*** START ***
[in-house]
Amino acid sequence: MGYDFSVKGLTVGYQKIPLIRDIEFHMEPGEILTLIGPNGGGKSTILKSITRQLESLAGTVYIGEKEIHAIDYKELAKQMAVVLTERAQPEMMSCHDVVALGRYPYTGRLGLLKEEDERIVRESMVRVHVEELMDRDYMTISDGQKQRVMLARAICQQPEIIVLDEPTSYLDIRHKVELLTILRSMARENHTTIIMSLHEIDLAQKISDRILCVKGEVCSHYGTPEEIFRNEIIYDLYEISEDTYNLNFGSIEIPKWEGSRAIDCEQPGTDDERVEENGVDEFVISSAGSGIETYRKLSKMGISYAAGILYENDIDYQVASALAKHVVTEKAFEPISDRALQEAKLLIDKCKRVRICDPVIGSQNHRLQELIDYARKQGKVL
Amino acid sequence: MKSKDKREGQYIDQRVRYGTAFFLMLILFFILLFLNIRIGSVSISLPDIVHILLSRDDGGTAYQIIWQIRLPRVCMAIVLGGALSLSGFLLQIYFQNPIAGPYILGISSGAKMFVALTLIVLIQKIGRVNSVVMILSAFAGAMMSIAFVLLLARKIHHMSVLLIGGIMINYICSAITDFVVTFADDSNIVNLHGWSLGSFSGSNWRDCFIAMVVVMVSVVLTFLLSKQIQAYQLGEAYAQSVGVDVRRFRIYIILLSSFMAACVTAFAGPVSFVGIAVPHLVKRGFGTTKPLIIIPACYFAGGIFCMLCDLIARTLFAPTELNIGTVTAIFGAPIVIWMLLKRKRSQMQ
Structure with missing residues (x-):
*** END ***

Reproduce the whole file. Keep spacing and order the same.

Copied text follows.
[in-house]
Amino acid sequence: MGYDFSVKGLTVGYQKIPLIRDIEFHMEPGEILTLIGPNGGGKSTILKSITRQLESLAGTVYIGEKEIHAIDYKELAKQMAVVLTERAQPEMMSCHDVVALGRYPYTGRLGLLKEEDERIVRESMVRVHVEELMDRDYMTISDGQKQRVMLARAICQQPEIIVLDEPTSYLDIRHKVELLTILRSMARENHTTIIMSLHEIDLAQKISDRILCVKGEVCSHYGTPEEIFRNEIIYDLYEISEDTYNLNFGSIEIPKWEGSRAIDCEQPGTDDERVEENGVDEFVISSAGSGIETYRKLSKMGISYAAGILYENDIDYQVASALAKHVVTEKAFEPISDRALQEAKLLIDKCKRVRICDPVIGSQNHRLQELIDYARKQGKVL
Amino acid sequence: MKSKDKREGQYIDQRVRYGTAFFLMLILFFILLFLNIRIGSVSISLPDIVHILLSRDDGGTAYQIIWQIRLPRVCMAIVLGGALSLSGFLLQIYFQNPIAGPYILGISSGAKMFVALTLIVLIQKIGRVNSVVMILSAFAGAMMSIAFVLLLARKIHHMSVLLIGGIMINYICSAITDFVVTFADDSNIVNLHGWSLGSFSGSNWRDCFIAMVVVMVSVVLTFLLSKQIQAYQLGEAYAQSVGVDVRRFRIYIILLSSFMAACVTAFAGPVSFVGIAVPHLVKRGFGTTKPLIIIPACYFAGGIFCMLCDLIARTLFAPTELNIGTVTAIFGAPIVIWMLLKRKRSQMQ
Structure with missing residues (x-):